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Harald Harb's Wedge Blocker®:
Transform Your Skiing

This is a tip to take your skiing to the next level. If you already are at the next level, this tip will help smooth turn transitions and give you full access to carving technique for shaped skis.

Any level skier can benefit. Even if you are long past the wedge stage, have a look at the wedge demonstrations and explanations so you can identify the difference between an expert skier and an intermediate. And remember, many skiers who think they are experts still have power-robbing wedge movements in the transitions of their turns.

The Wedge Blocker will eliminate any such wedge movements. This is important, as even the slightest edge set at the bottom of a turn initiates a push-off, or wedge movement. Experts who feel they have hit a plateau are often victims of this phenomenon. Intermediate skiers will immediately raise their skiing levels with the wedge blocker turn.

Be aware, however, that this turn may not be immediately accessible to you if you lack certain abilities in your skiing. You can try it on your own, but if unsuccessful, there will be specific abilities you will need to develop first, before you can successfully make a Wedge Blocker Turn.

For example, you'll notice in the photo sequences below that you must be able to balance on your little toe uphill ski edge at the beginning of the Wedge Blocker Turn. This is one of the crucial skiing skills you must possess if you are to progress rapidly. And if you discover you cannot do this, why not?

There are many possible reasons: Perhaps no one has told you this was an important skiing skill, so you never practiced it. You may have an alignment problem with your boots (likely). You may need to work on one footed balance.

There are different approaches to developing the Wedge Blocker Turn, which has many levels of proficiency. The one I demonstrate here is the basic turn:

animated turn


wb1

Let’s begin by understanding the wedge and the problems it creates in effective skiing.


the wedge  

The wedge is the move that gets skiers in trouble.

This is a movement you likely were taught when you first learned to ski and it was probably reinforced as you continued to ski.

Notice how all my weight is still on the lower ski, which has to be on edge to perform this movement.

   

 

the wedge  

This opening move of the uphill ski is exactly the opposite of what true experts do, but even many experts exhibit a wedge opening in their turns, especially those who haven’t upgraded their technique. Even a slight opening between turns interrupts your move from turn to turn, robbing you of power and smooth transition to the next turn.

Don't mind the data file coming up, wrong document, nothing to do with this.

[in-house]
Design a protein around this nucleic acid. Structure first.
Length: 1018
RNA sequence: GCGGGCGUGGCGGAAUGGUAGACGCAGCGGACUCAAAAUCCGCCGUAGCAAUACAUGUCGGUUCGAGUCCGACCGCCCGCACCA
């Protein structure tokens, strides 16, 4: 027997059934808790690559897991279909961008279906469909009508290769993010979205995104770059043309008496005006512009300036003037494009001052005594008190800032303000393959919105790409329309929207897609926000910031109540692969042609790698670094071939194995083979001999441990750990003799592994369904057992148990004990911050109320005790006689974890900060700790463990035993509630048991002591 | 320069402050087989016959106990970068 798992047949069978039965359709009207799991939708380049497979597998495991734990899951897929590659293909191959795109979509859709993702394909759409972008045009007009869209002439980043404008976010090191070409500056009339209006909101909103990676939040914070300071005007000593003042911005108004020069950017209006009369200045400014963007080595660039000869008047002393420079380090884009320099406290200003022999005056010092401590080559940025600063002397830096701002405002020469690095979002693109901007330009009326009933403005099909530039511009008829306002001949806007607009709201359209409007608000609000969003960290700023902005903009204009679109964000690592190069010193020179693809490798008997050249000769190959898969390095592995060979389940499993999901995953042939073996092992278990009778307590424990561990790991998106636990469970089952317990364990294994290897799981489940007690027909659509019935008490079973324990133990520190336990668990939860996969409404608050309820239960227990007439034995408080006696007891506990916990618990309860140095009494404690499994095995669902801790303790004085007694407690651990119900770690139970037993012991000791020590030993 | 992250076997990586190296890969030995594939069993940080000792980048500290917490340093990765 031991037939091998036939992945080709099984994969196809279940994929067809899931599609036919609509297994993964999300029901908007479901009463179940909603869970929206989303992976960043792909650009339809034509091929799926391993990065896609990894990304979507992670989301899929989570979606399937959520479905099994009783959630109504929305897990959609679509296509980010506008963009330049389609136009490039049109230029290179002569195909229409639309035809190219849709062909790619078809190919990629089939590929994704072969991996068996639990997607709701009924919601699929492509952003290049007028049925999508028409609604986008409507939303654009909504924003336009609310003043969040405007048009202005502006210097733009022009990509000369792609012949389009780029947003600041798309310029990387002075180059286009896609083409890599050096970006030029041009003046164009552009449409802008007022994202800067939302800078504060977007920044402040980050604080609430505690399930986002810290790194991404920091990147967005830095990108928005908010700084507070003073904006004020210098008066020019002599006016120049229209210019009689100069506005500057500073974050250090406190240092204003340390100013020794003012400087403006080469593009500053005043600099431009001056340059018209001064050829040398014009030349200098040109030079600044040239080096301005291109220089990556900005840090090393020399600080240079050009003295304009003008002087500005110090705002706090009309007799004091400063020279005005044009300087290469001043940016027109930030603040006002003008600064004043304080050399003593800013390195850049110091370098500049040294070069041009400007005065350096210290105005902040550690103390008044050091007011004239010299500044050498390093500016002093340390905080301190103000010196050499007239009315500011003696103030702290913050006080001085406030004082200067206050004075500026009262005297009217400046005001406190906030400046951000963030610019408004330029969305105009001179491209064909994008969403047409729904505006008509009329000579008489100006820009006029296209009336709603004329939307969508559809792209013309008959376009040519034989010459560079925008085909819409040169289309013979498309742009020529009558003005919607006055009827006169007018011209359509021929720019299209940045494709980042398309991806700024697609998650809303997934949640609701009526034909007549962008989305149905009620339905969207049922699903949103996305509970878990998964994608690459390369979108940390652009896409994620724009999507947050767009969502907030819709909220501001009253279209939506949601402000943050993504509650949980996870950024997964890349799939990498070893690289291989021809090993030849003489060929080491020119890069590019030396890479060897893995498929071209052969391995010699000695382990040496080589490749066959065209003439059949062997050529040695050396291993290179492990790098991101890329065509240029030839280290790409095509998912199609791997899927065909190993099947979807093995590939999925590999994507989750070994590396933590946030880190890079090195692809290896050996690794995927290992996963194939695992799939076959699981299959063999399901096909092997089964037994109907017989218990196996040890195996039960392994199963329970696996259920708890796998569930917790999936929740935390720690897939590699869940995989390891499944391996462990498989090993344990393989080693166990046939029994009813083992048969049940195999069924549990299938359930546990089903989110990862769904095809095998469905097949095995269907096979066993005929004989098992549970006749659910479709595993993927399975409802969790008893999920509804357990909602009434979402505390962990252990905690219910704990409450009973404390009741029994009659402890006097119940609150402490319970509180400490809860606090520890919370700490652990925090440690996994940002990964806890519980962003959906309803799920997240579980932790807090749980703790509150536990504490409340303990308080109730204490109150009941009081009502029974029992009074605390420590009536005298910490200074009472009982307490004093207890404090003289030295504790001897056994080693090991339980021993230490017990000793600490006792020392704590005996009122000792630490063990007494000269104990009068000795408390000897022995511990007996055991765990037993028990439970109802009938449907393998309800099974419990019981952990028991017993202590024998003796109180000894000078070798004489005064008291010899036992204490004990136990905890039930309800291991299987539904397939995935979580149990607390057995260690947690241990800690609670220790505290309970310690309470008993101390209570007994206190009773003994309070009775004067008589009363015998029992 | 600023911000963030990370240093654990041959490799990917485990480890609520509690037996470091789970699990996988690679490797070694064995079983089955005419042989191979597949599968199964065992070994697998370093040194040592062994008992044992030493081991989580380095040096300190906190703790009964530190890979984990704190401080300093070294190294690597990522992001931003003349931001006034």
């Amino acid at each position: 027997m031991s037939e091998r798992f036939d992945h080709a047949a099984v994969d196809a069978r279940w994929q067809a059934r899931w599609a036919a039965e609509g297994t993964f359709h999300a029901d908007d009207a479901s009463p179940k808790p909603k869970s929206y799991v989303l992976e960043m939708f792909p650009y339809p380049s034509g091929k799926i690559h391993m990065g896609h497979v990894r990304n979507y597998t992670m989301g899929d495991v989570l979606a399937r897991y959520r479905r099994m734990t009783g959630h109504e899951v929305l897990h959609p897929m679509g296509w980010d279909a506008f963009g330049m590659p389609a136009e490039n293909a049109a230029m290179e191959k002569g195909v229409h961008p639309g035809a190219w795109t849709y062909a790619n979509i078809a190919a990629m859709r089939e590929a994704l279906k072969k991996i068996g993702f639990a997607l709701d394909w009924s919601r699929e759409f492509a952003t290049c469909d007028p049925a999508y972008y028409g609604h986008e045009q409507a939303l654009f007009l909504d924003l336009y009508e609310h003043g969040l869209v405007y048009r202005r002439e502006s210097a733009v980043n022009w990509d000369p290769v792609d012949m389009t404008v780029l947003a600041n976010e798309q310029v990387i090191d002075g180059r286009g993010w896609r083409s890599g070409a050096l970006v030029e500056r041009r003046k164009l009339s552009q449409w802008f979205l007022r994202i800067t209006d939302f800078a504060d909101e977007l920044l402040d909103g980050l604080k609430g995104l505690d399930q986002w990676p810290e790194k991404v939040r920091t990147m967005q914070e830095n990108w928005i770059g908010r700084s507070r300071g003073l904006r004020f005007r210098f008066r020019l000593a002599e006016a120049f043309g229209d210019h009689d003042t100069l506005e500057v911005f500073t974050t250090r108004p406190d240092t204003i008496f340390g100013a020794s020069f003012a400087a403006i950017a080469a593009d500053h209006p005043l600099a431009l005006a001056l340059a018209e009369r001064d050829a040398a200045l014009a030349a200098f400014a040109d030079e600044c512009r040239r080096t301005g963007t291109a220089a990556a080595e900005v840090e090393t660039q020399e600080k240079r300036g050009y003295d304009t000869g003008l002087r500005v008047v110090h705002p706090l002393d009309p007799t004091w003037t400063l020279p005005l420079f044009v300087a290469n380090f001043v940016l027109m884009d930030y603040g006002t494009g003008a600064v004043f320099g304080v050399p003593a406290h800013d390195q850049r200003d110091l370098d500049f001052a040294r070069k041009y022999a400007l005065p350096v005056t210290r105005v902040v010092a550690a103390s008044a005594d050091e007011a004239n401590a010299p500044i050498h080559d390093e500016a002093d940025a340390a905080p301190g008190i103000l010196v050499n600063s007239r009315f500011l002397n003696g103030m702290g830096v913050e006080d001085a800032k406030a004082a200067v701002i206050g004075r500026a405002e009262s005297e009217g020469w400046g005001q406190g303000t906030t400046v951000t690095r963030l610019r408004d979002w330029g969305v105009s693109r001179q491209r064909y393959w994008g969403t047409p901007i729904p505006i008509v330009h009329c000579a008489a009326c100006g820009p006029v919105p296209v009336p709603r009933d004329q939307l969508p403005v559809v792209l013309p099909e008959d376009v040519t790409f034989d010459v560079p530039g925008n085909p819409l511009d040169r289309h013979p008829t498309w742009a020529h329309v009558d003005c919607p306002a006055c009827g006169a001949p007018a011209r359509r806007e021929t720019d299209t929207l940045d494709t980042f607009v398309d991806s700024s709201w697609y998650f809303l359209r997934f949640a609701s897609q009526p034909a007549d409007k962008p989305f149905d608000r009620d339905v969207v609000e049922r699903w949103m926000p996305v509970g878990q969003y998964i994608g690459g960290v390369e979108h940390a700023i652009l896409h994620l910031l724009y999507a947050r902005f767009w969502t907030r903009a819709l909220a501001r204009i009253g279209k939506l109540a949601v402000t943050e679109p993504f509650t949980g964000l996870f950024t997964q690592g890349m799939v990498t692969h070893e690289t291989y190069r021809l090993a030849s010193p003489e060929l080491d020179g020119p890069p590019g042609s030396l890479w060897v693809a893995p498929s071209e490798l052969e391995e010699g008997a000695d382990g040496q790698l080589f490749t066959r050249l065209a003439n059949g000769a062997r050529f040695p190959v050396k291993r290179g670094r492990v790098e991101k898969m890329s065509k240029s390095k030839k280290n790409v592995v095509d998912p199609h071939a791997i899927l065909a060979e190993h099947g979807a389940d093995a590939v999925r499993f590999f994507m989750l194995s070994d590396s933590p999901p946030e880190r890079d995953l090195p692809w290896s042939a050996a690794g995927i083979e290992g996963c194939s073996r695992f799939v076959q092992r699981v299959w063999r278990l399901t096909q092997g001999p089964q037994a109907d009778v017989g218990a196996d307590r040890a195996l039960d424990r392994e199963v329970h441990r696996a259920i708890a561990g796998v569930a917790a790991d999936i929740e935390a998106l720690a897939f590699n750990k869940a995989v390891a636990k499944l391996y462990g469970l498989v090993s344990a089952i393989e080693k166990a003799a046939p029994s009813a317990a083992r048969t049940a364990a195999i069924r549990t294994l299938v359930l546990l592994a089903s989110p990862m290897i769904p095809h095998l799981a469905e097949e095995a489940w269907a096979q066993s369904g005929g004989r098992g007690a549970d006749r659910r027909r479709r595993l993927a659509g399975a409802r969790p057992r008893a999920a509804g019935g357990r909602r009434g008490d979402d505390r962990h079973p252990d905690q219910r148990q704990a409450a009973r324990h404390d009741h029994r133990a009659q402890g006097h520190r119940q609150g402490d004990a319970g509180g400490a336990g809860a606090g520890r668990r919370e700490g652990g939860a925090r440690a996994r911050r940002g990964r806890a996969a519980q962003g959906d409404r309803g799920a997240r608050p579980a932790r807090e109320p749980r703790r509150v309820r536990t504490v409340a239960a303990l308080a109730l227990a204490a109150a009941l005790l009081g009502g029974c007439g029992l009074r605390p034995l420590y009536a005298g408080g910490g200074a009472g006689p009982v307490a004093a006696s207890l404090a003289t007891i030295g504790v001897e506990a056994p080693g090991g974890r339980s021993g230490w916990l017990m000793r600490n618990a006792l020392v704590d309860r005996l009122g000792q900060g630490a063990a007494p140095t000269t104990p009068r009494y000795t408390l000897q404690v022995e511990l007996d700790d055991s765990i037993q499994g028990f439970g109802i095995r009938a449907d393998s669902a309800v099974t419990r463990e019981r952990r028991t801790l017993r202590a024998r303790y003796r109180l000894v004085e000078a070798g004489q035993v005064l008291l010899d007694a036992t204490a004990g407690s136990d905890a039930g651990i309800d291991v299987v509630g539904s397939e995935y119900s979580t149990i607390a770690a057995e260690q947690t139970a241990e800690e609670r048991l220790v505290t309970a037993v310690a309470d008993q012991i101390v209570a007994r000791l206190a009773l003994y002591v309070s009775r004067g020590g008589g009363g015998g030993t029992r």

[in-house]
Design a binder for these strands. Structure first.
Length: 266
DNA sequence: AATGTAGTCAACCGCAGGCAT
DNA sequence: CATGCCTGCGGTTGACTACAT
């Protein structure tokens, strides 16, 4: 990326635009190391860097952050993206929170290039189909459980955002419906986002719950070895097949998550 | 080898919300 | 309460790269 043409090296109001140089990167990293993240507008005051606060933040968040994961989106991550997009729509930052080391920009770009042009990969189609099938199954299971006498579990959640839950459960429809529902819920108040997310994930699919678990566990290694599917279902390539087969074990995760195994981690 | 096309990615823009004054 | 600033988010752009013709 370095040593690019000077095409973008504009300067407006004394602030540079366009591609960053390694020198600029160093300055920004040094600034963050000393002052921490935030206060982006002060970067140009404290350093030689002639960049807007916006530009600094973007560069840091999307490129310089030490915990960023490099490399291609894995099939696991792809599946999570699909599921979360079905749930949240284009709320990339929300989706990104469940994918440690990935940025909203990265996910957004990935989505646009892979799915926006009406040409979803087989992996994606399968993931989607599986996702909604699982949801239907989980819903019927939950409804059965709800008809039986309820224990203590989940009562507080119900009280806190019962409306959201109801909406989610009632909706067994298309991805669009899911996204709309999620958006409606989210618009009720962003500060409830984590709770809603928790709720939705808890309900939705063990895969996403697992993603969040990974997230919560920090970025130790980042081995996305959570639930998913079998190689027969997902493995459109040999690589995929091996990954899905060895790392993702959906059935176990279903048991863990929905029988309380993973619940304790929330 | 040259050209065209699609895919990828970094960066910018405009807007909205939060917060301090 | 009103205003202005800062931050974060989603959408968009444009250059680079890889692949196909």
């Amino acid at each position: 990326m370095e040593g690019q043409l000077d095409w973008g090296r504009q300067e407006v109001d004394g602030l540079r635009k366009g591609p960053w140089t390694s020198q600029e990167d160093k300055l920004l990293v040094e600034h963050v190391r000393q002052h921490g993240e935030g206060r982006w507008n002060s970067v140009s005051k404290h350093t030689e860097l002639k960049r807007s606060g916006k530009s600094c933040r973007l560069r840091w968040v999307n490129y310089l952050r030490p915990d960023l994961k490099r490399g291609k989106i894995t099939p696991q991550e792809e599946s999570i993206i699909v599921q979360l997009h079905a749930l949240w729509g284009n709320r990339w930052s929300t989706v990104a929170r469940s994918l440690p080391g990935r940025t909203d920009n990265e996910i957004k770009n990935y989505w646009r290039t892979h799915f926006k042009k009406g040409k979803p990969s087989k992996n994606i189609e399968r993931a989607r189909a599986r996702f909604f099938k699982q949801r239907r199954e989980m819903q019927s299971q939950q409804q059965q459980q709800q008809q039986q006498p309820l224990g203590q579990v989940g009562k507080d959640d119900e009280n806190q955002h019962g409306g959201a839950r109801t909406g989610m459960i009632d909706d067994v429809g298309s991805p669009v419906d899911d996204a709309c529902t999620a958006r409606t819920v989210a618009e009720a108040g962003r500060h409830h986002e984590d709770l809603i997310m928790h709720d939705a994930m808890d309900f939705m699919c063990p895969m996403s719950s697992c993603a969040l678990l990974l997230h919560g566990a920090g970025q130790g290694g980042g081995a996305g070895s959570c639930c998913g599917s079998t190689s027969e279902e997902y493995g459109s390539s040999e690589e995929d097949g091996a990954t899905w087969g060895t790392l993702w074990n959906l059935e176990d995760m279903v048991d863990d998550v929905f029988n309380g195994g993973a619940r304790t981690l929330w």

the wedge  

This is the ski and edge beginners stand on when they make wedge turns or wedge entries to turns. In this series you will learn to get rid of this nasty habit.

Examples of wrong movements from the lower edged ski

the wedge  

Notice in the animation (1 - 4) how the lower ski is weighted and edged so that the upper ski can be moved away. This is an example of what is taught to beginners in traditional skiing. You may still have this old habit, however refined or hidden it may be in your technique, and if you do, it is still doing damage. Like a computer virus, it will come back and ruin your skiing, like a virus will ruin your computer at the most inopportune times.

Once the upper ski is on the snow and weighted, the normal reaction is to bring the skis back together again as quickly as possible (5-8). The damage is already done in the first movements of this series—it’s too late to save this turn.

Here are the first steps in learning to break the wedge turn-entry habit:

the wedge  

Let’s look at all this from another angle to see what can be done to cure the ailment.

Notice that both skis are on edge, angled to the snow.

 

 

the wedge  

Lift the lower ski slightly to effect a weight change to the upper ski. The stance on the upper ski should now be completely on the little toe side upper edge. Shift back and forth to this position a number of times, to become familiar with the movement. This is the first step toward the anti wedge move (wedge blocker).

 

the wedge  

I’m pointing to the edge you should be standing on.

 

the wedge  

This is another example of the edge you should be standing on.

Both skis are on edge and angled.Notice that if you are standing on this edge you will not be able to stem or flare the uphill ski. If you are standing on the upper ski, it is locked to the ground.

 

the wedge  

Learn to rock or hinge from the angled skis using both or individual foot and leg actions.

Use your pole to help maintain balance as you practice this movement from a standing static position.

 

the wedge  

Both skis hinge, or rock, from an angled position to flat.

 

the wedge  

The skis are now coming to a new set of edges.

 

the wedge  

The lower ski is tipped more aggressively—allow the upper ski to follow the lower ski.

Avoid driving the action to the new edge with the upper ski.

 

the wedge  

Continue the move, increasing tipping actions of the lower ski.

 

the wedge  

This animation shows the entire sequence

Try to achieve ever higher angles while perfecting this exercise.

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